In conjunction with the Doble rollout is the creation of another new company – Smirk Solutions.
Smirk Solutions is my attempt to be Warren Buffett. 🙂 Smirk Solutions will serve the umbrella over all of our brands – Smirk New Media, Doble R Media, ‘Merica Media (which serves political campaigns and clients) and Social Network Staffing. This will allow me to work on an overall vision for all that we do, while empowering our team to execute and work closer with clients.
This is a great day. I couldn’t be happier with the work everyone has put into the success we have had in 2016. If you have any questions about working with us, for us or beside us, please feel free to reach out.
Onward and upward,
The moment all social media managers have been waiting for is finally here: Instagram supports account switching. The headache of logging out and in on various accounts is now a headache of the past.
With the rise of profiles dedicated to businesses, pets, professional accounts and any number of other things, the ease of navigating between profiles was an inevitable step for Instagram to make.
But wait, there’s more: you can add up to five accounts with one login. This is an obvious advantage whether you’re a small business managing your personal and business account, a brand manager managing multiple brand accounts or an agency partner managing multiple client accounts.
For marketers, this feature could not have come at a more perfect time (well, except for the fact that we’ve all been waiting for it). Last September, Instagram announced that its self-serve ad offering would be made available to all business, everywhere. And given the platform’s growth – which has doubled from 200 million users in 2014 to 400 million this year so far – advertisers have used the platform to reach its growing, visually-focused user base.
The ability to quickly and easily switch between accounts will also enable social media managers to avoid other problems they faced with the old approach to Instagram account management.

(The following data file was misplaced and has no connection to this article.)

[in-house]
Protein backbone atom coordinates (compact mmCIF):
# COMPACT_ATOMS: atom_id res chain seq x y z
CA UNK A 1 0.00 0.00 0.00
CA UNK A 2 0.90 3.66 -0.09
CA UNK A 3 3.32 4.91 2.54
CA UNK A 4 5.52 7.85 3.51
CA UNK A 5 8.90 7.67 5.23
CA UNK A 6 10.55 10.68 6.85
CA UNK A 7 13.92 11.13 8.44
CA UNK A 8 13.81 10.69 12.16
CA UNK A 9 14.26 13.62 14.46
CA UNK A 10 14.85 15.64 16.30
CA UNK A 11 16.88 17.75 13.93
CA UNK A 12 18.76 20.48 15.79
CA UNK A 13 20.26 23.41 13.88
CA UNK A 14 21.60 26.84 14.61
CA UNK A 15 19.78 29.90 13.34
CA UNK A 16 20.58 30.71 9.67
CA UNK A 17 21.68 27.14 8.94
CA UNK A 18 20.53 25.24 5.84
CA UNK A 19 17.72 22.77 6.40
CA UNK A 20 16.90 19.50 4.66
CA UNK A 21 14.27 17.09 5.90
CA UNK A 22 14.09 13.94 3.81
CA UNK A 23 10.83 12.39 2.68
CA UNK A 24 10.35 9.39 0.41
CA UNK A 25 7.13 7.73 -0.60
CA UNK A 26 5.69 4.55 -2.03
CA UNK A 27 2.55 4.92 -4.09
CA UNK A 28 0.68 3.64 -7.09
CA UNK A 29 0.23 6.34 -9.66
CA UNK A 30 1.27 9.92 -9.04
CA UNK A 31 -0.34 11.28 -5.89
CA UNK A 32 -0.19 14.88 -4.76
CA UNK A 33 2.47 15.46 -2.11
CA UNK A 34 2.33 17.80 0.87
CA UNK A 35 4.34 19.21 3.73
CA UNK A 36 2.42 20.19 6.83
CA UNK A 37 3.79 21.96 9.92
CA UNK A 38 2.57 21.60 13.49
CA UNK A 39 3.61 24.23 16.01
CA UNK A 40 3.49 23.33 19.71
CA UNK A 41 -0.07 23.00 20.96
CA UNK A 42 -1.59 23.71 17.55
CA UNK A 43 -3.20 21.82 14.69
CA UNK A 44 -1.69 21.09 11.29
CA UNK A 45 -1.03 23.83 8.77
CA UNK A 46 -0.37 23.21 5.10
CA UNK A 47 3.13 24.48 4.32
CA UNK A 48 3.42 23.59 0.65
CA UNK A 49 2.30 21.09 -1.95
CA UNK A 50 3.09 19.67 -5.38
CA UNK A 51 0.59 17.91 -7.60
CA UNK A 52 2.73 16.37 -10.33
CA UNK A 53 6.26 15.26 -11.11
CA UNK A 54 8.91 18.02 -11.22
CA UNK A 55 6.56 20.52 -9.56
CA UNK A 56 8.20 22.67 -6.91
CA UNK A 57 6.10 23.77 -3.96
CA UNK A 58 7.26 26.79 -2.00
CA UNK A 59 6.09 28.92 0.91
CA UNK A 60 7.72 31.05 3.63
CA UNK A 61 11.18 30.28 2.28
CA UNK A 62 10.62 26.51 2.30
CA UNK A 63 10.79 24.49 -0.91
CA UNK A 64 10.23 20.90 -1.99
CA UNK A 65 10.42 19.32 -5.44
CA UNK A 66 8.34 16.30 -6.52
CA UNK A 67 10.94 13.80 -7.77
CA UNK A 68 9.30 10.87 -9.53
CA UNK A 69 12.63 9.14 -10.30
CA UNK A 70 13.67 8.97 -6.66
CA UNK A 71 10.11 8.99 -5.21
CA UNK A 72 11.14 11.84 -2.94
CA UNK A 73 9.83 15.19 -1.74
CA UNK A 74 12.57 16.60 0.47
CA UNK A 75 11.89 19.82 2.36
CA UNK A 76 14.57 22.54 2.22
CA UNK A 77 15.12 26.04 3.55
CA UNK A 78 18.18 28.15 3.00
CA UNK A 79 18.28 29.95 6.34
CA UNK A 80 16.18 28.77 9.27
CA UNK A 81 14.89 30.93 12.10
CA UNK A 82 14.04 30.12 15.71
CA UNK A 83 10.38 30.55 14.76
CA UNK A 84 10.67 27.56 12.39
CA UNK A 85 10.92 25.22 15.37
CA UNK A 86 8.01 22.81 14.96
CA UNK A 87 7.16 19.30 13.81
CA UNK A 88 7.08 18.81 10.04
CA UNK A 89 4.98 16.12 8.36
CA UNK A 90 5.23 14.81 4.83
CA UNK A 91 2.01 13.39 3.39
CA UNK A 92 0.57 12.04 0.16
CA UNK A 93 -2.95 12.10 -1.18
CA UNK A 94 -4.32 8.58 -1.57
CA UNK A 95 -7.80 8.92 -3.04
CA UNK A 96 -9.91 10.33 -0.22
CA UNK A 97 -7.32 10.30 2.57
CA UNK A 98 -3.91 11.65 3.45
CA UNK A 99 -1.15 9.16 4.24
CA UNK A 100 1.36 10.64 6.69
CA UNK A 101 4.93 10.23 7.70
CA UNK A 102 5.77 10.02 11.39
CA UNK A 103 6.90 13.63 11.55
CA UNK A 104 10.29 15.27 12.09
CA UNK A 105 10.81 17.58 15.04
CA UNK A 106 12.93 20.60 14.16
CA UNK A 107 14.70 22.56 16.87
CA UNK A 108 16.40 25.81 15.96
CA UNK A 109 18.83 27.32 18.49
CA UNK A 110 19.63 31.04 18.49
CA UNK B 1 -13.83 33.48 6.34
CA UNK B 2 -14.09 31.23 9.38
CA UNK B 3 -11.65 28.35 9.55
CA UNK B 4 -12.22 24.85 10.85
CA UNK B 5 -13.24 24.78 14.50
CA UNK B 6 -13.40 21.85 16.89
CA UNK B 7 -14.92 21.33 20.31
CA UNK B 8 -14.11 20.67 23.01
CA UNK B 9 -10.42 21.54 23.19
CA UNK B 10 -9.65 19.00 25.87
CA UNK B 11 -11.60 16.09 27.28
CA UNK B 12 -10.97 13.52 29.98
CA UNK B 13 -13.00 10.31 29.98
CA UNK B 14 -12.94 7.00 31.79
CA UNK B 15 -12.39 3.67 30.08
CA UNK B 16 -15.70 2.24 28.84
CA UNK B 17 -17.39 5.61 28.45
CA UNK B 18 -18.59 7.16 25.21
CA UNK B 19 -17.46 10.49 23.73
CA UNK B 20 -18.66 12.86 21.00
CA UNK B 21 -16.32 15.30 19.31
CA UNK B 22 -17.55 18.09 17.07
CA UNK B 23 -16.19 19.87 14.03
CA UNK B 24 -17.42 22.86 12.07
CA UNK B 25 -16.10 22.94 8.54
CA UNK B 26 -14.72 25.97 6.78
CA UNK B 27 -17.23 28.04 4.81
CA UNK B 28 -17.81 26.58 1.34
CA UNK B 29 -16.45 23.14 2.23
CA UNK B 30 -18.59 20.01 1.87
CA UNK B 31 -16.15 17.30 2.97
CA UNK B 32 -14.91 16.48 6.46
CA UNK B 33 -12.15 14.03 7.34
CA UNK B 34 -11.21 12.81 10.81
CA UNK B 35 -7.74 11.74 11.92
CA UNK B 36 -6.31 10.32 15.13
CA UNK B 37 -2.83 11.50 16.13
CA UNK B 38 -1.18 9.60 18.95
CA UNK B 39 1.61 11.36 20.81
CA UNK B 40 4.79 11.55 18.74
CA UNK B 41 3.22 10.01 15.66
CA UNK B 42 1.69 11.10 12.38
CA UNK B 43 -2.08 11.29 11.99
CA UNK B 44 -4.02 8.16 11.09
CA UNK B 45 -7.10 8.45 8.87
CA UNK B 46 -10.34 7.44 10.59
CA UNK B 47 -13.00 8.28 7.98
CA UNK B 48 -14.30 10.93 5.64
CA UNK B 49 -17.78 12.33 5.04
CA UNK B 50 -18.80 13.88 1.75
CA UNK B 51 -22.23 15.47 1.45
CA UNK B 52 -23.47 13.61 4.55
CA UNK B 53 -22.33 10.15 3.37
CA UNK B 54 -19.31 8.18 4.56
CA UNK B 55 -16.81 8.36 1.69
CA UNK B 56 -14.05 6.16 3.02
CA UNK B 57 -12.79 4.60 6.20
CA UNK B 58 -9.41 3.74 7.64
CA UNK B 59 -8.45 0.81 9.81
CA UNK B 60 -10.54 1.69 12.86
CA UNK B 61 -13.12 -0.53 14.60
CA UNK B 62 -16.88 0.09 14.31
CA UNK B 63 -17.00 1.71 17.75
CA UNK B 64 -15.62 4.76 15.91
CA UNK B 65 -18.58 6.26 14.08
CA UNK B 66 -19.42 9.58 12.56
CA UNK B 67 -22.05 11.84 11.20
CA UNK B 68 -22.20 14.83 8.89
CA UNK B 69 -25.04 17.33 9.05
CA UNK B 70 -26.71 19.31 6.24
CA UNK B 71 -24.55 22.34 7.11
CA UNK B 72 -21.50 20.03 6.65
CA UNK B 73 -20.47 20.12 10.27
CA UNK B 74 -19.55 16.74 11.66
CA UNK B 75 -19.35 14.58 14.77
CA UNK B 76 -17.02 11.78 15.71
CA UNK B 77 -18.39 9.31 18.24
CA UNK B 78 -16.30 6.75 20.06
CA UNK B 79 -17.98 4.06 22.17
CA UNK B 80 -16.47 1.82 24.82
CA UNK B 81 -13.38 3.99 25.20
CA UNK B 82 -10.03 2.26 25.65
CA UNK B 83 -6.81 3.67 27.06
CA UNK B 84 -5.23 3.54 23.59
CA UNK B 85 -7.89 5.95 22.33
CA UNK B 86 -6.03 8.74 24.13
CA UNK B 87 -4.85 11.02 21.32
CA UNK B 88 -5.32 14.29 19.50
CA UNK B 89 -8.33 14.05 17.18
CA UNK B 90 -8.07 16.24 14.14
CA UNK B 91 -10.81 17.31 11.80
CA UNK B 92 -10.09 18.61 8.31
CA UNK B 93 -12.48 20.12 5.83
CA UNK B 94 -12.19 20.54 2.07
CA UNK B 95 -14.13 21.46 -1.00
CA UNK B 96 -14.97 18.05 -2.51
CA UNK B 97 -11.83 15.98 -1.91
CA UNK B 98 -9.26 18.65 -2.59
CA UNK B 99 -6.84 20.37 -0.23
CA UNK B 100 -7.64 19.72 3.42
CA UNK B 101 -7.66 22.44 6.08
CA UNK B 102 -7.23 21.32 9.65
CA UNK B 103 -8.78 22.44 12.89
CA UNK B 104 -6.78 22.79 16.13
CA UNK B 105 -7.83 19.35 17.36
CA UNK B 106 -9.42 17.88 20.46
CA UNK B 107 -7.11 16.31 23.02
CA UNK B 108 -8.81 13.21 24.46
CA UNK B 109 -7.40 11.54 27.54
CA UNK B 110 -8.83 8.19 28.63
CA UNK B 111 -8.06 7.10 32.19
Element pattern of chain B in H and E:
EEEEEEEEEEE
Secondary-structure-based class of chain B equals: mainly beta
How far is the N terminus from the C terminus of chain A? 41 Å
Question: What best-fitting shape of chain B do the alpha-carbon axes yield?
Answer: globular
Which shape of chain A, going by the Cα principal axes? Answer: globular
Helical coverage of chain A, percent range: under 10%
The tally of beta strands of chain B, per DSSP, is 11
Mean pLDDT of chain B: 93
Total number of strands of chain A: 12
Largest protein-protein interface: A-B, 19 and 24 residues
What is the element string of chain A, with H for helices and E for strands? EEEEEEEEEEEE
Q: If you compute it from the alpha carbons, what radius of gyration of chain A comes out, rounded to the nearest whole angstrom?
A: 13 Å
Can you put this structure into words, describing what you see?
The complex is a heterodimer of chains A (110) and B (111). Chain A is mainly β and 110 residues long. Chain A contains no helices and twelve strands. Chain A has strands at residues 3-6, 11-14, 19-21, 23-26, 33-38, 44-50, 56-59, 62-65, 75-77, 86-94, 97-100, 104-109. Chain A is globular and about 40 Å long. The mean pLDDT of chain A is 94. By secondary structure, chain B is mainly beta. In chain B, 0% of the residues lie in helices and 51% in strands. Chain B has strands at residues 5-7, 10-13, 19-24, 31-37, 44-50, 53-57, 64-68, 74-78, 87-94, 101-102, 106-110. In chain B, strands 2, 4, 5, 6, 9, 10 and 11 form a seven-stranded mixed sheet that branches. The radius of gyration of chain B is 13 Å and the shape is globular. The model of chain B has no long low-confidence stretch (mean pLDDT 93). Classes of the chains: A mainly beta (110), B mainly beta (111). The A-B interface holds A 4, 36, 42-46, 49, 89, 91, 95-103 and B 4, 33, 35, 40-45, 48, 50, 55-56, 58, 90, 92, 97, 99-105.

The new functionality allows for the increase in content posted. The easy navigation between profiles will allow individuals to update business profiles without having to logout and log back in. Being able to switch and post could make business owners more active on the platform, and the amount of time saved will be significant for those with active brand profiles alongside their own, personal accounts.
Being actively switching between multiple accounts also allows for more immediate customer service. The app now notifies based on profile what activity is being made on respective accounts. This capability allows for individuals to know who, when and where others are interacting with their content. For brand managers, this ability allows for better responsiveness to their audiences when comments or questions are made on brand posts.
* Note: The update is also important for those who currently use third-party tools to perform similar account switching as Instagram announced recently that they’ll be restricting access to their API (Application Program Interface) as of June 1, 2016.
BuzzFeed News has blown the whistle on Twitter’s optional timeline algorithm, which will push popular tweets – out of chronological order – to the top of timelines. Hang on, though… I think you missed an important word in that first sentence: optional. That’s right, the feature is completely optional.
The feature has been likened to an extended “While You Were Away” feature by The Verge, saying that the “disorienting” arrangement of tweets is not much different from the pop-up section that shows you the popular things you missed when your Twitter app was closed.
Twitter CEO Jack Dorsey responded the the backlash of the weekend saying that Twitter is not dying and moving away from their roots, they’re simply adding new features for users to enjoy.
So, if everyone is so upset with the disruption of their timeline with the new algorithm feature and opt out, what was the point in the time spent in developing the change at all?
In another effort to compete with social media giant, Facebook, the Twitter has rolled out various features within the past year – with more down the pipeline for the future – that steer away from its original appeal. With favorites becoming likes, prioritizing algorithms and a move away from limited characters, Twitter progresses toward a bite-sized version of Facebook.
For new users, the prioritizing feature may be able to get them accustomed to the reverse-timeline aspect of Twitter until they get proper footing. Once comfortable, users can opt out and enjoy the stream of live tweets without any disruption.
Bottom-line: Twitter is not changing, they’re just diversifying users’ ability to prioritize or filter through their timelines.